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Commander Says NATO Should Fight Afghan Drug Trade


The top NATO commander says the alliance should do more to fight the drug trade in Afghanistan, where it has had primary responsibility for security issues for nearly a year. VOA's Al Pessin reports from the Pentagon, where General Bantz Craddock spoke on Wednesday.

General Craddock called for NATO to do more to fight Afghanistan's drug industry, while acknowledging that the alliance continues to have trouble getting its members to provide forces and equipment for its security and training missions.

"While this is not a primary role or responsibility for NATO and its forces, we must find ways to impact all of the pillars that support this narco-terrorism problem," he said.

The general says NATO already helps the Afghan authorities fight drug traffickers by sharing intelligence and providing logistical support and emergency rapid response forces when needed. But he says the focus must move from eradicating the poppy crop, which he says mainly hurts poor farmers, to attacking the trafficking networks, and NATO should play a larger role.

"For long-term success, we must address all the areas that contribute to this complex problem," he said. "And that's not only the eradication, but it's the laboratories that process it, it's the traffickers that move it and it's the kingpins, if you will, the leadership of those cells and operational linkages that benefit the most from the money that's being made."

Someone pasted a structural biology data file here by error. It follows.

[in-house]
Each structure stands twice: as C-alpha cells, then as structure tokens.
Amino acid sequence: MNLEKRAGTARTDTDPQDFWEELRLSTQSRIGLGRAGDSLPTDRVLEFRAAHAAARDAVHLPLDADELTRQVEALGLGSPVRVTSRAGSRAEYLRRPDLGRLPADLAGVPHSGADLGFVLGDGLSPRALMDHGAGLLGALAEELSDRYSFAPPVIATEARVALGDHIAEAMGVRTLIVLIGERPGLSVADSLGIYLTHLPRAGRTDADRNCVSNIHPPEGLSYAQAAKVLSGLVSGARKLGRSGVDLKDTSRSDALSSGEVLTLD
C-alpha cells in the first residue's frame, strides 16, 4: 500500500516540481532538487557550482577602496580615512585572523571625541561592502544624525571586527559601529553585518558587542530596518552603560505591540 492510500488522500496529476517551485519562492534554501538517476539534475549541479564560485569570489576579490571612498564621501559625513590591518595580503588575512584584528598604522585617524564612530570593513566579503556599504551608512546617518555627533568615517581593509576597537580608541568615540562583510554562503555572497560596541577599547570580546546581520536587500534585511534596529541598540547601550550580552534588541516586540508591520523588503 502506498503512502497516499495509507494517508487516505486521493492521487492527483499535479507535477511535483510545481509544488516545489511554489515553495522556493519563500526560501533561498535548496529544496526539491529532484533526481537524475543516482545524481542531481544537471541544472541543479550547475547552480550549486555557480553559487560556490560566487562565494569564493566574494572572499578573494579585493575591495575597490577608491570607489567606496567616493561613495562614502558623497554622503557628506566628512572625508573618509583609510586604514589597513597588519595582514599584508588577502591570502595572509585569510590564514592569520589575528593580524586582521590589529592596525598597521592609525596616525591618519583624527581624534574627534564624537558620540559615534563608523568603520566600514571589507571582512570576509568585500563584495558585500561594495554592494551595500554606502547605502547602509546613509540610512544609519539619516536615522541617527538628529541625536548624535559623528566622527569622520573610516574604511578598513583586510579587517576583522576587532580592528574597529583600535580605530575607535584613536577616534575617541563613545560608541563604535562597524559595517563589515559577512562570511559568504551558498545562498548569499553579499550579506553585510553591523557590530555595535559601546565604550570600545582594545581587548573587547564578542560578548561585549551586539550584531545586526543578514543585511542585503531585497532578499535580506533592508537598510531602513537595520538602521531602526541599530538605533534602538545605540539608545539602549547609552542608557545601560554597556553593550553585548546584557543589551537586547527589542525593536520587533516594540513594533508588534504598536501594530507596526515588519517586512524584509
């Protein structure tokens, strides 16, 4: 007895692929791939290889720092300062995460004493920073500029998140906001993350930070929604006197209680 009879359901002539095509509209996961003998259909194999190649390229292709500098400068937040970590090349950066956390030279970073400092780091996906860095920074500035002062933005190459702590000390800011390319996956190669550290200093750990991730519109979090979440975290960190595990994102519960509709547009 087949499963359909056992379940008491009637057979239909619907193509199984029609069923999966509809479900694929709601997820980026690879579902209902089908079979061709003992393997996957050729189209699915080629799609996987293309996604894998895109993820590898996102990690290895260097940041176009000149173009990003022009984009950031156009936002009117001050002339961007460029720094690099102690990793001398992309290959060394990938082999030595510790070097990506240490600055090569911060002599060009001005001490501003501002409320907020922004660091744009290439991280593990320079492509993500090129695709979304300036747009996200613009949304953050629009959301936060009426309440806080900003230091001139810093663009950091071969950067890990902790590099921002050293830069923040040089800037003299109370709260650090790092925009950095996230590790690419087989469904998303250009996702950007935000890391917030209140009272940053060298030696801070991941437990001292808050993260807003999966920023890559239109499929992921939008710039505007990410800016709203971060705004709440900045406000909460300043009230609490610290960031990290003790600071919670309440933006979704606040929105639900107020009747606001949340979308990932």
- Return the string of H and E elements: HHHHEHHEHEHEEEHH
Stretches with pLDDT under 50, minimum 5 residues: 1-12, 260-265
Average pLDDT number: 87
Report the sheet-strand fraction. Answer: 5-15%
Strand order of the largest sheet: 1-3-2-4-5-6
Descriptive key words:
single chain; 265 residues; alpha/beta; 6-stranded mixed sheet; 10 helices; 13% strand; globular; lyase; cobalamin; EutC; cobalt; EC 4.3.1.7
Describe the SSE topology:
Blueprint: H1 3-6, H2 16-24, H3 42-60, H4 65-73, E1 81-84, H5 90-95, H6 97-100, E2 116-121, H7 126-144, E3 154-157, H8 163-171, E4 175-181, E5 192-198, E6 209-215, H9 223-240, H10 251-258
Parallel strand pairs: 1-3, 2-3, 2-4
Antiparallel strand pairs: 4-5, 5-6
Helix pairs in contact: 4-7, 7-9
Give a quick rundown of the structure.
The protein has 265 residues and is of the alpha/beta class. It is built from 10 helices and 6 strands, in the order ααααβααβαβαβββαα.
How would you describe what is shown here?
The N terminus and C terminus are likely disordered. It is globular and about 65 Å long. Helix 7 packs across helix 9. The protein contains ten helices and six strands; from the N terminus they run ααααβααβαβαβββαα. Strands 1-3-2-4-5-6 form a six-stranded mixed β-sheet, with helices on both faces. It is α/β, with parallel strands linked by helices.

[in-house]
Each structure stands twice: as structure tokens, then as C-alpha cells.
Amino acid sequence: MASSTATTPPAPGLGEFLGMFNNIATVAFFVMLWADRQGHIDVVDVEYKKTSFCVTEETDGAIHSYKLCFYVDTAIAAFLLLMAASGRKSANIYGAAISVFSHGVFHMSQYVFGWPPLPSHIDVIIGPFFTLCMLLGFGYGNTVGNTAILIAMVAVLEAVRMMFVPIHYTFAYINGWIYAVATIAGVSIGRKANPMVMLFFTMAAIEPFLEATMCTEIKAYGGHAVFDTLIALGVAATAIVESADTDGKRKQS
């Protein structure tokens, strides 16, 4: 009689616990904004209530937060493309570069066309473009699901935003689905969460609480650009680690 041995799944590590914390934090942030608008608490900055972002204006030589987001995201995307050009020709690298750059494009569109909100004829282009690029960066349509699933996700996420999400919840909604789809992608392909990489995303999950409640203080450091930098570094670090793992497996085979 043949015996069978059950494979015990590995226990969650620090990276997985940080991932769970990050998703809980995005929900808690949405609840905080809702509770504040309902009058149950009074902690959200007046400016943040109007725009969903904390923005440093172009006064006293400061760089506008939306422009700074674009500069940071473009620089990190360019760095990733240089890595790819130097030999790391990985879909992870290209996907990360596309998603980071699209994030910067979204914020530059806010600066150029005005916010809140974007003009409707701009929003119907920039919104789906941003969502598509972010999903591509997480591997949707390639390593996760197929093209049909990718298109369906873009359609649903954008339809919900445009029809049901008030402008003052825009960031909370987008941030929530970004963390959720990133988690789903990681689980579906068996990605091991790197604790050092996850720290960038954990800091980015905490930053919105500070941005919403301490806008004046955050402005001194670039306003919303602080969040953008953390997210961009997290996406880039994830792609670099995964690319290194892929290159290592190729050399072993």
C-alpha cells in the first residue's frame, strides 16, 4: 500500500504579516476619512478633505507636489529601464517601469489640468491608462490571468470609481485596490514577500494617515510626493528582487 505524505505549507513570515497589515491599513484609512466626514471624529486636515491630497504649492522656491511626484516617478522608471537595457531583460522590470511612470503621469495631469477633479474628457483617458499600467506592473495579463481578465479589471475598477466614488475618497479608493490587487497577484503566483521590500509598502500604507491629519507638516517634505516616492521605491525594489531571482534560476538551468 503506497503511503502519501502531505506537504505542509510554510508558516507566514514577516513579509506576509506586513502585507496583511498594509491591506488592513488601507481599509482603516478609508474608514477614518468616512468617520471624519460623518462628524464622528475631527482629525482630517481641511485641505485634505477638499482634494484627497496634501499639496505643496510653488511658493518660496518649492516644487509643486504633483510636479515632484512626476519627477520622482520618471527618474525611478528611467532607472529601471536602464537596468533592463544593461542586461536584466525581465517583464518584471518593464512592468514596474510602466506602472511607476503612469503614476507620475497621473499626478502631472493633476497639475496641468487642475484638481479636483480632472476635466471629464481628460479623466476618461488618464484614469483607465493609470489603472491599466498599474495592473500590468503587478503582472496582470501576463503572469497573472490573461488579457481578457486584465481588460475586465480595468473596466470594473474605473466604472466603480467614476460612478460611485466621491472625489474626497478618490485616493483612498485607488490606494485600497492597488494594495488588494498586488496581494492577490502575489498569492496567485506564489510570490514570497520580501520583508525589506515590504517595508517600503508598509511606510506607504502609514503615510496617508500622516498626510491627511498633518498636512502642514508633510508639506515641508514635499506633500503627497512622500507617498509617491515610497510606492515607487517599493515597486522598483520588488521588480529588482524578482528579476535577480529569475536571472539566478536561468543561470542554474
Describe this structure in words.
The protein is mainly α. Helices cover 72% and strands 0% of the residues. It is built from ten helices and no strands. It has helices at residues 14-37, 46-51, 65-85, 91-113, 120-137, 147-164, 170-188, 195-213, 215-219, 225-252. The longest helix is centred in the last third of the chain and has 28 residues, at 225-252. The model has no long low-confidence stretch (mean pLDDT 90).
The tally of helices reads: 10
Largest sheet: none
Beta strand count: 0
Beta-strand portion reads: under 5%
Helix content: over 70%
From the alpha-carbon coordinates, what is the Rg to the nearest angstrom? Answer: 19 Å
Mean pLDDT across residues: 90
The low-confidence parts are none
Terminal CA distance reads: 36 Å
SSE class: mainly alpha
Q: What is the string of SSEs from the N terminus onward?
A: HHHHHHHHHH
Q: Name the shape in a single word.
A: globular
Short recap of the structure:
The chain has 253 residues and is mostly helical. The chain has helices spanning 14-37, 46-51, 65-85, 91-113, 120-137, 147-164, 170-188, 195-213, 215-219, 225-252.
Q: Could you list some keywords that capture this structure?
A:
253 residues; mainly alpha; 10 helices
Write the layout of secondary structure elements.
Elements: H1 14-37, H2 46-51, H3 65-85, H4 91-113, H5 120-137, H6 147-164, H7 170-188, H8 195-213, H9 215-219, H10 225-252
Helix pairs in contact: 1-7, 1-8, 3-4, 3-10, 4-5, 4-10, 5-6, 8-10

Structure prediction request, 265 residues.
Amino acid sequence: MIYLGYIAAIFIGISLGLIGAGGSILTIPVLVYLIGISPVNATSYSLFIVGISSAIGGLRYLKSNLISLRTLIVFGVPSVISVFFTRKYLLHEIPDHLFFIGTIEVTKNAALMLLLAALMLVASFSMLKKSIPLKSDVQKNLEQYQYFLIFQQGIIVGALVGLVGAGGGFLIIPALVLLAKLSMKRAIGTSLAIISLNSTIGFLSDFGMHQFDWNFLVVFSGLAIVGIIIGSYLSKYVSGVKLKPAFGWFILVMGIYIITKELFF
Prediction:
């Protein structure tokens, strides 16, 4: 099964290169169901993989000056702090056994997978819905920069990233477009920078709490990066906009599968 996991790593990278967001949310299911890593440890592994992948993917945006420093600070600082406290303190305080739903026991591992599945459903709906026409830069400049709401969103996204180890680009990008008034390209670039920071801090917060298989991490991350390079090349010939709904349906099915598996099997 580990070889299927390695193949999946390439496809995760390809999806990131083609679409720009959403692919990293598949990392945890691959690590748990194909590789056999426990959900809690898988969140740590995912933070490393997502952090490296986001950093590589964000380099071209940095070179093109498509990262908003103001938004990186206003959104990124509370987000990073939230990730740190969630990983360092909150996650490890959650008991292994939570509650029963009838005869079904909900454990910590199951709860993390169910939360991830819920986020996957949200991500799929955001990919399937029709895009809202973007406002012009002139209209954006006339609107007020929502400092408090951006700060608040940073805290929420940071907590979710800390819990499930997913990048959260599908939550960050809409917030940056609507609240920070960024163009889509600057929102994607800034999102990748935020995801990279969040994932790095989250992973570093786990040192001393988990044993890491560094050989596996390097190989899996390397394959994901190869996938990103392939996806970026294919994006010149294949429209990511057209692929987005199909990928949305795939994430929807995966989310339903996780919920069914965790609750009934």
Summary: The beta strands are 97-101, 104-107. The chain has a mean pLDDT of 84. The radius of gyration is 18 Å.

At the same time, General Craddock called on NATO countries to fulfill commitments to provide trainers for the Afghan army and urgently needed capabilities, including airlift. He says his top priority in Afghanistan is training the army, which he says has made significant improvements and must become the "face" of the security effort.

The general says this means sustaining NATO's commitment to Afghanistan and convincing the Afghan people that the Taleban will never return to power. He says NATO must also continue to work with Pakistan to reduce the insurgents' access to safe havens across the border.

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